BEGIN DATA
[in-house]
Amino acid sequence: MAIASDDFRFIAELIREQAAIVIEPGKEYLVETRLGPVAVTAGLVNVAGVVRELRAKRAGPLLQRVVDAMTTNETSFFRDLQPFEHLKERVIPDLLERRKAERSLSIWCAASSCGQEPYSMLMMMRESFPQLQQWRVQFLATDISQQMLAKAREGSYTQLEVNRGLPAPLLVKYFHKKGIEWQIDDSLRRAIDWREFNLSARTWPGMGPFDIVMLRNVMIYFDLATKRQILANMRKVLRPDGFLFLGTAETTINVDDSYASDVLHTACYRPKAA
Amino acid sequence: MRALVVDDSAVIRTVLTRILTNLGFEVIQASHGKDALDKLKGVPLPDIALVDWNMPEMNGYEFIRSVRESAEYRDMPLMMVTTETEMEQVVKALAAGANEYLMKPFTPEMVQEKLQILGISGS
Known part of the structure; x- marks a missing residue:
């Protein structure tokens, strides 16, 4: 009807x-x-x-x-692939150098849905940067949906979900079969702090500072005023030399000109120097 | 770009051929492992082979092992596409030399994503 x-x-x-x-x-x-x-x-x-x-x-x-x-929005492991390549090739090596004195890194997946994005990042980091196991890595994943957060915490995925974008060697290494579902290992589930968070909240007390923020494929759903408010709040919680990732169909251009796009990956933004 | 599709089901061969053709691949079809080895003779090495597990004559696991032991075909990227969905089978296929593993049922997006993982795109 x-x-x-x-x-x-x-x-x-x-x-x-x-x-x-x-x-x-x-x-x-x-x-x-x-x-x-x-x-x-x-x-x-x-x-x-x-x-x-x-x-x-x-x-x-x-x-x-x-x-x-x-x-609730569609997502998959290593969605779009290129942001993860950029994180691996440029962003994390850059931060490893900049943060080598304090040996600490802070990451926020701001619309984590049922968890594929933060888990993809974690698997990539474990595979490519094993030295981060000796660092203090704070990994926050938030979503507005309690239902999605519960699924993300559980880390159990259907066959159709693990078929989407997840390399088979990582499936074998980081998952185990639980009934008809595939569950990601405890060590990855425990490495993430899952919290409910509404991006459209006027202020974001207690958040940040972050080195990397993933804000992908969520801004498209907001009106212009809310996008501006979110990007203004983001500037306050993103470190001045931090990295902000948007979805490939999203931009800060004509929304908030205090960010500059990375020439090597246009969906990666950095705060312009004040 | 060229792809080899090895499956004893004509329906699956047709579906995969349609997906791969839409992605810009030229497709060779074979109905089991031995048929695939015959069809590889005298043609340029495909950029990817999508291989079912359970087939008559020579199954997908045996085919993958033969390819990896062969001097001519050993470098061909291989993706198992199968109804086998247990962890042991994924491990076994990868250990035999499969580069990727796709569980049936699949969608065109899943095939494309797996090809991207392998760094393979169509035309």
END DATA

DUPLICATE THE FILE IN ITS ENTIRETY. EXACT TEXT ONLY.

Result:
[in-house]
Amino acid sequence: MAIASDDFRFIAELIREQAAIVIEPGKEYLVETRLGPVAVTAGLVNVAGVVRELRAKRAGPLLQRVVDAMTTNETSFFRDLQPFEHLKERVIPDLLERRKAERSLSIWCAASSCGQEPYSMLMMMRESFPQLQQWRVQFLATDISQQMLAKAREGSYTQLEVNRGLPAPLLVKYFHKKGIEWQIDDSLRRAIDWREFNLSARTWPGMGPFDIVMLRNVMIYFDLATKRQILANMRKVLRPDGFLFLGTAETTINVDDSYASDVLHTACYRPKAA
Amino acid sequence: MRALVVDDSAVIRTVLTRILTNLGFEVIQASHGKDALDKLKGVPLPDIALVDWNMPEMNGYEFIRSVRESAEYRDMPLMMVTTETEMEQVVKALAAGANEYLMKPFTPEMVQEKLQILGISGS
Known part of the structure; x- marks a missing residue:
């Protein structure tokens, strides 16, 4: 009807x-x-x-x-692939150098849905940067949906979900079969702090500072005023030399000109120097 | 770009051929492992082979092992596409030399994503 x-x-x-x-x-x-x-x-x-x-x-x-x-929005492991390549090739090596004195890194997946994005990042980091196991890595994943957060915490995925974008060697290494579902290992589930968070909240007390923020494929759903408010709040919680990732169909251009796009990956933004 | 599709089901061969053709691949079809080895003779090495597990004559696991032991075909990227969905089978296929593993049922997006993982795109 x-x-x-x-x-x-x-x-x-x-x-x-x-x-x-x-x-x-x-x-x-x-x-x-x-x-x-x-x-x-x-x-x-x-x-x-x-x-x-x-x-x-x-x-x-x-x-x-x-x-x-x-x-609730569609997502998959290593969605779009290129942001993860950029994180691996440029962003994390850059931060490893900049943060080598304090040996600490802070990451926020701001619309984590049922968890594929933060888990993809974690698997990539474990595979490519094993030295981060000796660092203090704070990994926050938030979503507005309690239902999605519960699924993300559980880390159990259907066959159709693990078929989407997840390399088979990582499936074998980081998952185990639980009934008809595939569950990601405890060590990855425990490495993430899952919290409910509404991006459209006027202020974001207690958040940040972050080195990397993933804000992908969520801004498209907001009106212009809310996008501006979110990007203004983001500037306050993103470190001045931090990295902000948007979805490939999203931009800060004509929304908030205090960010500059990375020439090597246009969906990666950095705060312009004040 | 060229792809080899090895499956004893004509329906699956047709579906995969349609997906791969839409992605810009030229497709060779074979109905089991031995048929695939015959069809590889005298043609340029495909950029990817999508291989079912359970087939008559020579199954997908045996085919993958033969390819990896062969001097001519050993470098061909291989993706198992199968109804086998247990962890042991994924491990076994990868250990035999499969580069990727796709569980049936699949969608065109899943095939494309797996090809991207392998760094393979169509035309």